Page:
By Drew Roberts
After the departure of several faculty members over the past few years, the Mass Communication Department has hired three new professors. Though their backgrounds and areas of expertise vary, all share a common goal of connecting with students and preparing them for success.
The mass communication major is divided into two concentrations: broadcast production, focusing on the technical aspects of mass communication, and multimedia journalism, which leans more towards writing.
On the multimedia journalism side of things, Dr. Samantha Kocan has joined the department and is excited to engage with students. After five years of working as a TV reporter and anchor, she discovered her love of teaching. She went on to earn a Master’s degree in strategic communication. Following this, she earned a Ph.D. in journalism and mass communication from the University of Alabama.
By weaving her industry experience into classroom lectures, Kocan hopes to set her students up for success.
“I feel like there’s only so much that a student can learn from a textbook,” Kocan said, “and you learn more when you’re in the field, so being able to bring that experience in the classroom is going to better prepare my students for future careers in journalism.”
Much of Kocan’s research involves the mental health of journalists, an aspect of the industry she hopes to emphasize in the classroom.
“I don’t think mental health is talked about enough in the industry,” she said. “You’re expected to work long hours, weekends and holidays. There’s really not much time to prioritize your mental health, so I think teaching the students ways to navigate the industry is really going to help them in the long run.”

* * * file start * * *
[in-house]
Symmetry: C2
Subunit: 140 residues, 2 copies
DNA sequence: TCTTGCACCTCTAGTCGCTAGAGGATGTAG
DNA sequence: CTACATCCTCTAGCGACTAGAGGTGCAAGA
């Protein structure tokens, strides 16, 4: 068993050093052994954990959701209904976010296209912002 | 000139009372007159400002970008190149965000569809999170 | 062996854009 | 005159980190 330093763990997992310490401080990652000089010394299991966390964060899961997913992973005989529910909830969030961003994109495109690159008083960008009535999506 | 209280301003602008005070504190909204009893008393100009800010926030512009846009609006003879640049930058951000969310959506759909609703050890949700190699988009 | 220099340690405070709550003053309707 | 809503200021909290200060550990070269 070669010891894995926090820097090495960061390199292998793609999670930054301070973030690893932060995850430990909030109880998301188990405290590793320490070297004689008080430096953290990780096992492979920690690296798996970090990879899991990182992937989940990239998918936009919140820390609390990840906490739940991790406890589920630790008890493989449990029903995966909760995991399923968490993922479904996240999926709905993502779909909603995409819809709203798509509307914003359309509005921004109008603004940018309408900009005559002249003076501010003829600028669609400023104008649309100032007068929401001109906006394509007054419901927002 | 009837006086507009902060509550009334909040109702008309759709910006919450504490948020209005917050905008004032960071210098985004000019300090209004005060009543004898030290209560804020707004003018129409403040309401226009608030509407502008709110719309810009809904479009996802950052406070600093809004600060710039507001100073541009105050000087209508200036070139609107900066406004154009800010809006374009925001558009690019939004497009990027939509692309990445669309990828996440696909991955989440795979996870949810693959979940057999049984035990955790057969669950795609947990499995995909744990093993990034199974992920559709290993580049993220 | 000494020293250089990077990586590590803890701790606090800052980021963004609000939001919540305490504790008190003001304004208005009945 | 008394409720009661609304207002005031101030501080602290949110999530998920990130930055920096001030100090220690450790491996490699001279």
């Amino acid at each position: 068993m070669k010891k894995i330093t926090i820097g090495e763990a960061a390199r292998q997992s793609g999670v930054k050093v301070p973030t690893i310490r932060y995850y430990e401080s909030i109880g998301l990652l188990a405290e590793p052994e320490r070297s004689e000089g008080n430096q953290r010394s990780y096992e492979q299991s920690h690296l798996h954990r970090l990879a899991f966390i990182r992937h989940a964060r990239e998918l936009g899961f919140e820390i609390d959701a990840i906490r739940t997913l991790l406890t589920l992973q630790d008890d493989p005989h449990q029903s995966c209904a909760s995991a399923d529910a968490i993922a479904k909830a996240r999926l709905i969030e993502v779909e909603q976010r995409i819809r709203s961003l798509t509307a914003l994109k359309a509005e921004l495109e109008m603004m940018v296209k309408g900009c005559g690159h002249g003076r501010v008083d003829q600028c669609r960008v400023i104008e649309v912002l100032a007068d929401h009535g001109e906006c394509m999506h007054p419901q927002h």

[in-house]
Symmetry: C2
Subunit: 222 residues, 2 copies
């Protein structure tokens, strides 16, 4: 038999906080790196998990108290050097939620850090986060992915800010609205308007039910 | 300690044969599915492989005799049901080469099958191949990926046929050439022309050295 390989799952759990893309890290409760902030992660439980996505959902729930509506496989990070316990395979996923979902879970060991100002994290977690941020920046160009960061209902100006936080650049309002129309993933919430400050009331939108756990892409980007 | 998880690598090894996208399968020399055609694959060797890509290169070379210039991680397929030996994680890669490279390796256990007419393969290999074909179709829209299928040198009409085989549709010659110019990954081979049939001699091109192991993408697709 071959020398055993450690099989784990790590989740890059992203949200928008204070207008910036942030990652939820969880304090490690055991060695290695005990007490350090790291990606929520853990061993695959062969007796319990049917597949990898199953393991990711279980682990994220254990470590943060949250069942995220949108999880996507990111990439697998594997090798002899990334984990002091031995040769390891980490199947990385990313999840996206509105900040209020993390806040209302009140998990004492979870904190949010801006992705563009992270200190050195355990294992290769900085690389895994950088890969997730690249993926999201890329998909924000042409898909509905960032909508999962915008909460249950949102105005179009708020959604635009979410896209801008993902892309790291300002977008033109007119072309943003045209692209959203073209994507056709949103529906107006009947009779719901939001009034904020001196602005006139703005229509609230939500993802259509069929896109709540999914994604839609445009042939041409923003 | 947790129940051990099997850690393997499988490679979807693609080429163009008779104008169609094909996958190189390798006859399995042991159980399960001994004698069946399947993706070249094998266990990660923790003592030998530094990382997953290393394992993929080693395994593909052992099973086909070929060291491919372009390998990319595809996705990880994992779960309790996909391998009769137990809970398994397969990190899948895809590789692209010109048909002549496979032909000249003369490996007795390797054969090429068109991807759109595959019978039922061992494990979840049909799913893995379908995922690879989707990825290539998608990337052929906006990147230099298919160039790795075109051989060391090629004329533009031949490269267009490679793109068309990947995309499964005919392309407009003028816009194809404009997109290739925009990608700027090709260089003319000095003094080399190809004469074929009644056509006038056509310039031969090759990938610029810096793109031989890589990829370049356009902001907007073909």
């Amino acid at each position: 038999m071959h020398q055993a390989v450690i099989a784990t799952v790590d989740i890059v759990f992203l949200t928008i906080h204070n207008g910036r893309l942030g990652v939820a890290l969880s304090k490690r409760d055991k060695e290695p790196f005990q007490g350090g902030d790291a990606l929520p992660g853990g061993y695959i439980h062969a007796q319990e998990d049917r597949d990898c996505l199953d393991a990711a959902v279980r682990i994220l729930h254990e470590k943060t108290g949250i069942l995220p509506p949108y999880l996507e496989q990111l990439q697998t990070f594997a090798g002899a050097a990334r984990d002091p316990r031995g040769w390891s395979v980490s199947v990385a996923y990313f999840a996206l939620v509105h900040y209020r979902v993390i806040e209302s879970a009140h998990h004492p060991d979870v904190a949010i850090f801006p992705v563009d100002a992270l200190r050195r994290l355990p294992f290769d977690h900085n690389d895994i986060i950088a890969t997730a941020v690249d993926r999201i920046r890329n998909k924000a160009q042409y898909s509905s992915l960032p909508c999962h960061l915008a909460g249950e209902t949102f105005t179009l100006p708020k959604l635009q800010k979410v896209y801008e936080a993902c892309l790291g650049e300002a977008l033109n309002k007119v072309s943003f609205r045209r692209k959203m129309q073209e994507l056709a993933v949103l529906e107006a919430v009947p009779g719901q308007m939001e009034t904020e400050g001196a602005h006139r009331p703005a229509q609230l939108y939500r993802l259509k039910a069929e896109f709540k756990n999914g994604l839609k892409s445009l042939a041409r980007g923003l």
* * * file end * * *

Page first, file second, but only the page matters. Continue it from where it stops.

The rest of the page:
For the broadcast production concentration, there have been two new hires. The first is professor Logan Freeman, who is helping to develop the digital filmmaking minor into a major.
“[It’s] a lot of pressure, but luckily, it’s fun,” he said. “Luckily there’s a lot of really good faculty to support [it]. I get to come in and help students get weird.”
With a few short films under his belt, a Master of Fine Arts in digital art with a focus on film directing from Emerson College and experience working in Boston, Los Angeles and New York, Freeman has plenty of experience behind the camera. In the classroom, however, he hopes to help students tell stories with or without it.
“I think anybody can learn the technical aspects,” he said, “but you have to nurture what it means to be a storyteller, so you have to figure out what is your best mode of storytelling, and that’s different for people. It’s a different voice. You don’t just tell stories in one medium.”
The second hire is professor Kaley Martin, who is a UM alumna. Martin is an Emmy-winning documentarist and has worn many hats in the media world: social media, sports and corporate branding, to name a few. Martin credits much of this professional versatility to her time as a UM student and the lack of restriction in the mass communication program.
“To me, that’s what makes it stand out, and the fact that it’s rooted in a liberal arts degree, so we’re always pulling knowledge from a lot of different places and that’s informing how we choose to create and communicate. So, Montevallo was always the place.”
She hopes to employ this same philosophy in the classroom in order to optimize student creativity.
“I want the students to be able to explore wherever their creativity takes them because you may have a student who originally thinks they’re more journalistically inclined, but then they may decide later that they want to be a documentarist,” Martin said. “I think exposing the students to all the areas and allowing [them] to sort of play in the sand box lets [them] stretch [themselves] creatively and gives [them] a really good portfolio when [they] graduate.”